© Mark Lipczynski
WILLIAMSOld Bill Williams was a mountain man. He was a trapper, a scout and a surveyor, too, and he made his way to "The State of Sonora" — Arizona — in the late 1820s. Apaches captured him, stripped him of all his belongings and turned him loose in the desert, where he wandered for 160 miles before being rescued by a band of Zunis. Williams' story is legendary, as is the town named in his honor.
Founded in 1881, the Northern Arizona destination of Williams is considered the "Gateway to the Grand Canyon." It was also the last Route 66 town in America to be bypassed by Interstate 40. Today, it's known for its Mother Road heritage — thanks to diners and nostalgia shops — as well as the Grand Canyon Railway, which runs 130 miles round-trip from Williams to the South Rim of the Grand Canyon each day.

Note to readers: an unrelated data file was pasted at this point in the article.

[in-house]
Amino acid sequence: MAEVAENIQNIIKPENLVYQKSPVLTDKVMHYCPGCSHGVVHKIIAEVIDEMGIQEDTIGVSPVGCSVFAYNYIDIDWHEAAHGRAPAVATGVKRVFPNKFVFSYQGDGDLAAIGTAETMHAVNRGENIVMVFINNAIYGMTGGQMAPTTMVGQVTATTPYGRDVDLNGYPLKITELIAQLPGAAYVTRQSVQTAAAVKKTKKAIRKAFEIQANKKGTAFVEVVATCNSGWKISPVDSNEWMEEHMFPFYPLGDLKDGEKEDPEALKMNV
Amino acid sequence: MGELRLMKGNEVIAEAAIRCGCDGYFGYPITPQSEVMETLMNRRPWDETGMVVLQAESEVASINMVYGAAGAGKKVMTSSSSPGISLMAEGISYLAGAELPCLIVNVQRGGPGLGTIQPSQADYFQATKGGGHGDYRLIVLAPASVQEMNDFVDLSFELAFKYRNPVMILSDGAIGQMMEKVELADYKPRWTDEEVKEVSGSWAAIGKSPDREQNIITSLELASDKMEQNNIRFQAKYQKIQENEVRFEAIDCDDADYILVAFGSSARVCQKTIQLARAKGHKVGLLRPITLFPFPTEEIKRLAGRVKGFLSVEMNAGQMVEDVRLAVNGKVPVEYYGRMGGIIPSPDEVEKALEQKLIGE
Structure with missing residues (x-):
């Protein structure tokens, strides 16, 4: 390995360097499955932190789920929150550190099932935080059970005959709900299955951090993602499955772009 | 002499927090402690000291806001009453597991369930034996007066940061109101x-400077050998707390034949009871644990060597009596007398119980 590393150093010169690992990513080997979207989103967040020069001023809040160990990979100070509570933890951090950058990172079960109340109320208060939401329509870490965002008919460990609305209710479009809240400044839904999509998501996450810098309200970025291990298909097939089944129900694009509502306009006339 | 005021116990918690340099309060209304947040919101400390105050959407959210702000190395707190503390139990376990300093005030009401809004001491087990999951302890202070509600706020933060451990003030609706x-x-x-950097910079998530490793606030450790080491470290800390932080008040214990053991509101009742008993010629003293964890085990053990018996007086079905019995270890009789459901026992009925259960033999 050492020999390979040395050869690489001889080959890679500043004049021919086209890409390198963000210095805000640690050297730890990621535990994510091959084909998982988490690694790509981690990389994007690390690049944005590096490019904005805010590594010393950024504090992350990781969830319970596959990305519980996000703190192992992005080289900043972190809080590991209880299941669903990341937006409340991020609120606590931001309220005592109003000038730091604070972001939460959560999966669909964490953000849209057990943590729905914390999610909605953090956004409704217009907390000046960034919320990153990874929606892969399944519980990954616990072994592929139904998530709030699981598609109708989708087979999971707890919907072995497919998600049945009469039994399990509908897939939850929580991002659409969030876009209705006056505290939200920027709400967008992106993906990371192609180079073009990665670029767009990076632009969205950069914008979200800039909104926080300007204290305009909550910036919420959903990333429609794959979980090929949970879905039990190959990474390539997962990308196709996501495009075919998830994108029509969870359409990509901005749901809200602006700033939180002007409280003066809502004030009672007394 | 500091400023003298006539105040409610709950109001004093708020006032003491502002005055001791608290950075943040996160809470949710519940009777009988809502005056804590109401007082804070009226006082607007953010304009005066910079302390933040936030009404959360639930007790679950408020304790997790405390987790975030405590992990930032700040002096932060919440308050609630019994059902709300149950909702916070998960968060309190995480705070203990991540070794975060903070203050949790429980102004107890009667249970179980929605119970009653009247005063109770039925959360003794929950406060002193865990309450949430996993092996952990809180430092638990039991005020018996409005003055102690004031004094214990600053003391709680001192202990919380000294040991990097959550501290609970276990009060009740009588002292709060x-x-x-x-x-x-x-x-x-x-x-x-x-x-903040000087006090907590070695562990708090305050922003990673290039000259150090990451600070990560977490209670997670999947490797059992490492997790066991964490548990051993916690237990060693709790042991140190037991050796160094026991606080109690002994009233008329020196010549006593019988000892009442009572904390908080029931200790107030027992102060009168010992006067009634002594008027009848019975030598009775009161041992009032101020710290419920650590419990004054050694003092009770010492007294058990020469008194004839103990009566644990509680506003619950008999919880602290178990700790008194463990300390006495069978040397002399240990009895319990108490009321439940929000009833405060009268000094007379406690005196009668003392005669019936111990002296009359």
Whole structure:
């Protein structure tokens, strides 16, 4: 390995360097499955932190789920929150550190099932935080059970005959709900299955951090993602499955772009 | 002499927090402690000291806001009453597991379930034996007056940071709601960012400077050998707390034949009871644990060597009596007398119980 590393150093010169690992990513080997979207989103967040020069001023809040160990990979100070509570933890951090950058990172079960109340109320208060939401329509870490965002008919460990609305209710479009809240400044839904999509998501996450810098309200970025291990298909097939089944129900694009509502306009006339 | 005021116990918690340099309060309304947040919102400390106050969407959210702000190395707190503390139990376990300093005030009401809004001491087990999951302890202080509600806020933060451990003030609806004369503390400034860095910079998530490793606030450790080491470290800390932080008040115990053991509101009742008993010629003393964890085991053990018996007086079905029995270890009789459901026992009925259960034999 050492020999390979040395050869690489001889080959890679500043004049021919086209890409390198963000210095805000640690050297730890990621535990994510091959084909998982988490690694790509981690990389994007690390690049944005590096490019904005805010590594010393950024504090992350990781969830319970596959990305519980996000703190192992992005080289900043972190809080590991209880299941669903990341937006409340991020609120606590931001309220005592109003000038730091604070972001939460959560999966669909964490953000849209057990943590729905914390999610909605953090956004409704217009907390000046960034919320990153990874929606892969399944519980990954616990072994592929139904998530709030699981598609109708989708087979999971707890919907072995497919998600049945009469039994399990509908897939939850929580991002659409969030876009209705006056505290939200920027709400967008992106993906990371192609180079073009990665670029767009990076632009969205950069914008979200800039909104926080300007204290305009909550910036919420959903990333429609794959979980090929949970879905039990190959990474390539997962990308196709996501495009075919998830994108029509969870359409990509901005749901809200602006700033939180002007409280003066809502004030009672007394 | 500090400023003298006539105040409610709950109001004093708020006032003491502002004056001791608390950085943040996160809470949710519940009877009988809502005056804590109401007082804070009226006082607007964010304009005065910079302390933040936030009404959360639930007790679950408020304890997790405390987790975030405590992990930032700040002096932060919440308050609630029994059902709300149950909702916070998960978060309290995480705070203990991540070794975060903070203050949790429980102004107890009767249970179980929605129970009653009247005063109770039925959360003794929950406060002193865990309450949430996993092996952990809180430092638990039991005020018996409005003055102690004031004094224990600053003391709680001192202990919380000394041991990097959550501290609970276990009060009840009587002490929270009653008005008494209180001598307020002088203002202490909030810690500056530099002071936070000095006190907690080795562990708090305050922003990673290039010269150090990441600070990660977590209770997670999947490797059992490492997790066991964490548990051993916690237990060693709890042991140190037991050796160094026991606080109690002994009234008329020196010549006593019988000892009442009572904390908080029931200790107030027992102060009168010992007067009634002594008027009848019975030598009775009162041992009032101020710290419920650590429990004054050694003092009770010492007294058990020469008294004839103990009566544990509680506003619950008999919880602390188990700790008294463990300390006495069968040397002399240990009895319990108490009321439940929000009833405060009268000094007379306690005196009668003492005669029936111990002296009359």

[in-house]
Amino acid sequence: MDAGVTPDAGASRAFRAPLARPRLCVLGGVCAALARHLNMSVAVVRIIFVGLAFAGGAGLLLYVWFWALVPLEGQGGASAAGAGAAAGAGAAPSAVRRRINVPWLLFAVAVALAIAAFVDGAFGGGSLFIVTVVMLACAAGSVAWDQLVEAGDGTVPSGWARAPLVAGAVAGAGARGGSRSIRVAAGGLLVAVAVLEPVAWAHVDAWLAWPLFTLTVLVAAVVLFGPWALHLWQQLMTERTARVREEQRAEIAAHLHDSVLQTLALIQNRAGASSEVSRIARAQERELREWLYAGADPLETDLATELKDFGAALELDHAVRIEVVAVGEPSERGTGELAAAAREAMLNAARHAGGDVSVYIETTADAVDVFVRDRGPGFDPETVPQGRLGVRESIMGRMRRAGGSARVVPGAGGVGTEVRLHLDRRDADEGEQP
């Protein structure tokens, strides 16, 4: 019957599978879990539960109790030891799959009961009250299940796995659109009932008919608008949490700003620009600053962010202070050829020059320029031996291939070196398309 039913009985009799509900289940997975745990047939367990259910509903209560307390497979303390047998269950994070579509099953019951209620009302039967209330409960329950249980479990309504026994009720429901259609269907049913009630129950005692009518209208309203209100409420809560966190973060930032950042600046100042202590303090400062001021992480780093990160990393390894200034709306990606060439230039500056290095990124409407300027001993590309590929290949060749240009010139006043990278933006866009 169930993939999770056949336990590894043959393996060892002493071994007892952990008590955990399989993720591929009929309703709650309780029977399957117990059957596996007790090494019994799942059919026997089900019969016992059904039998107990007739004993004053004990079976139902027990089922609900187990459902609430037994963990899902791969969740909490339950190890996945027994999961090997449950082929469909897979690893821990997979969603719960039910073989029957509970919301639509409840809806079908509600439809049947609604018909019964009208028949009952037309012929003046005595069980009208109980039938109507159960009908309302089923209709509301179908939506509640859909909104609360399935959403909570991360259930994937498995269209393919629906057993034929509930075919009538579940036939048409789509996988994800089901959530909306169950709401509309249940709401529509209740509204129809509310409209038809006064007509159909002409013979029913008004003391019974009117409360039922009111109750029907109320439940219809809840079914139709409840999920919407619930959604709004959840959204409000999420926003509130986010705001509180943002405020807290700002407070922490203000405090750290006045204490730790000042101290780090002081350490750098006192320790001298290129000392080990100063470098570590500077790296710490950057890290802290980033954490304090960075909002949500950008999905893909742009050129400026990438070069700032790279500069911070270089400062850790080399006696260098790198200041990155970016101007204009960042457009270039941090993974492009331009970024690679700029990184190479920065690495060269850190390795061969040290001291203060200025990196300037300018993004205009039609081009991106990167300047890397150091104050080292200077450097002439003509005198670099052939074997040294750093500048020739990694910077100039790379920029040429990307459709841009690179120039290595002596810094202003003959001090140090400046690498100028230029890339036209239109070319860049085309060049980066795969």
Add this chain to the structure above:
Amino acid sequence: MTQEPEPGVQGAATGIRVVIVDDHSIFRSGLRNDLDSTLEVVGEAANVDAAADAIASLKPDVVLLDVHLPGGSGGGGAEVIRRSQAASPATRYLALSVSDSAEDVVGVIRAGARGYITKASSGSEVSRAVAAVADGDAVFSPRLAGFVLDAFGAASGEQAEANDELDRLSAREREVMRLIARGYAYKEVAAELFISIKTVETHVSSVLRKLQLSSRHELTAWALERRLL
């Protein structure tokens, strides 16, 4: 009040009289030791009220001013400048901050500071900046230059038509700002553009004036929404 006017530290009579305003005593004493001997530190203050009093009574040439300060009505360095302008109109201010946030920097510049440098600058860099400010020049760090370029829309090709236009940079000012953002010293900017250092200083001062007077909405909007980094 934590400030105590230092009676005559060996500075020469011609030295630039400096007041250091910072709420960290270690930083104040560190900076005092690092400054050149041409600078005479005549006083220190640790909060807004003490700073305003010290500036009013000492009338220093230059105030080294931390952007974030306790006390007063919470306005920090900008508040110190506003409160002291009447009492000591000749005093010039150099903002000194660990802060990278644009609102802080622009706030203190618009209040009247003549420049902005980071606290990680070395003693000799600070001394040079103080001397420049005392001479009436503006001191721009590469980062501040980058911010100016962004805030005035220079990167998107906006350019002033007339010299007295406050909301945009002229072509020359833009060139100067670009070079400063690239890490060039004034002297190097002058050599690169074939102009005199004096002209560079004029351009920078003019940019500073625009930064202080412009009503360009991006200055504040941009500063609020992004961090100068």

The railway took the first passengers to the Canyon in 1901. It suspended operation in 1968, but reopened in 1989, prompting then Williams Marshal John Moore to say, "If it hadn't been for the Grand Canyon Railway, train service to the Grand Canyon would have been permanently lost."
— Kelly Kramer